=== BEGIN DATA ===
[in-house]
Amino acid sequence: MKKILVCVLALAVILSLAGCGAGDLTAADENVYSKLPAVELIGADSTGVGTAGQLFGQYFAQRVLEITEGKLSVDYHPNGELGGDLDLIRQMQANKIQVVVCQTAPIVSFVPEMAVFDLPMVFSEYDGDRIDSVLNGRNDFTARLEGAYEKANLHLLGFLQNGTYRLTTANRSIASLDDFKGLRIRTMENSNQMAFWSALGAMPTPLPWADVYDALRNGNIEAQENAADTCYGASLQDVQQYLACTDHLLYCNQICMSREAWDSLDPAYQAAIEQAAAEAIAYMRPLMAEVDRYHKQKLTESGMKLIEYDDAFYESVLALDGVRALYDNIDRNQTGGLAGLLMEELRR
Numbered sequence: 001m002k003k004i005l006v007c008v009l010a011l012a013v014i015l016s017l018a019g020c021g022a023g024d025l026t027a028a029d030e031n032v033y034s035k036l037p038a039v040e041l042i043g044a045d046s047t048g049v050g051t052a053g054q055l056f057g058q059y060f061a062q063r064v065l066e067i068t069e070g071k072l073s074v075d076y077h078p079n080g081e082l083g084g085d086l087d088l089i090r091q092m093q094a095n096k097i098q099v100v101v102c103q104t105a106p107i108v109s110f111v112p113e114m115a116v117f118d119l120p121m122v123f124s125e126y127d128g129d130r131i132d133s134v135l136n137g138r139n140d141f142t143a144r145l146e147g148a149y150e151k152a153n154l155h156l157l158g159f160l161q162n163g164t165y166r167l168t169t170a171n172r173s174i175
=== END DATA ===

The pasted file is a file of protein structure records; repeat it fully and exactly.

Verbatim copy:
[in-house]
Amino acid sequence: MKKILVCVLALAVILSLAGCGAGDLTAADENVYSKLPAVELIGADSTGVGTAGQLFGQYFAQRVLEITEGKLSVDYHPNGELGGDLDLIRQMQANKIQVVVCQTAPIVSFVPEMAVFDLPMVFSEYDGDRIDSVLNGRNDFTARLEGAYEKANLHLLGFLQNGTYRLTTANRSIASLDDFKGLRIRTMENSNQMAFWSALGAMPTPLPWADVYDALRNGNIEAQENAADTCYGASLQDVQQYLACTDHLLYCNQICMSREAWDSLDPAYQAAIEQAAAEAIAYMRPLMAEVDRYHKQKLTESGMKLIEYDDAFYESVLALDGVRALYDNIDRNQTGGLAGLLMEELRR
Numbered sequence: 001m002k003k004i005l006v007c008v009l010a011l012a013v014i015l016s017l018a019g020c021g022a023g024d025l026t027a028a029d030e031n032v033y034s035k036l037p038a039v040e041l042i043g044a045d046s047t048g049v050g051t052a053g054q055l056f057g058q059y060f061a062q063r064v065l066e067i068t069e070g071k072l073s074v075d076y077h078p079n080g081e082l083g084g085d086l087d088l089i090r091q092m093q094a095n096k097i098q099v100v101v102c103q104t105a106p107i108v109s110f111v112p113e114m115a116v117f118d119l120p121m122v123f124s125e126y127d128g129d130r131i132d133s134v135l136n137g138r139n140d141f142t143a144r145l146e147g148a149y150e151k152a153n154l155h156l157l158g159f160l161q162n163g164t165y166r167l168t169t170a171n172r173s174i175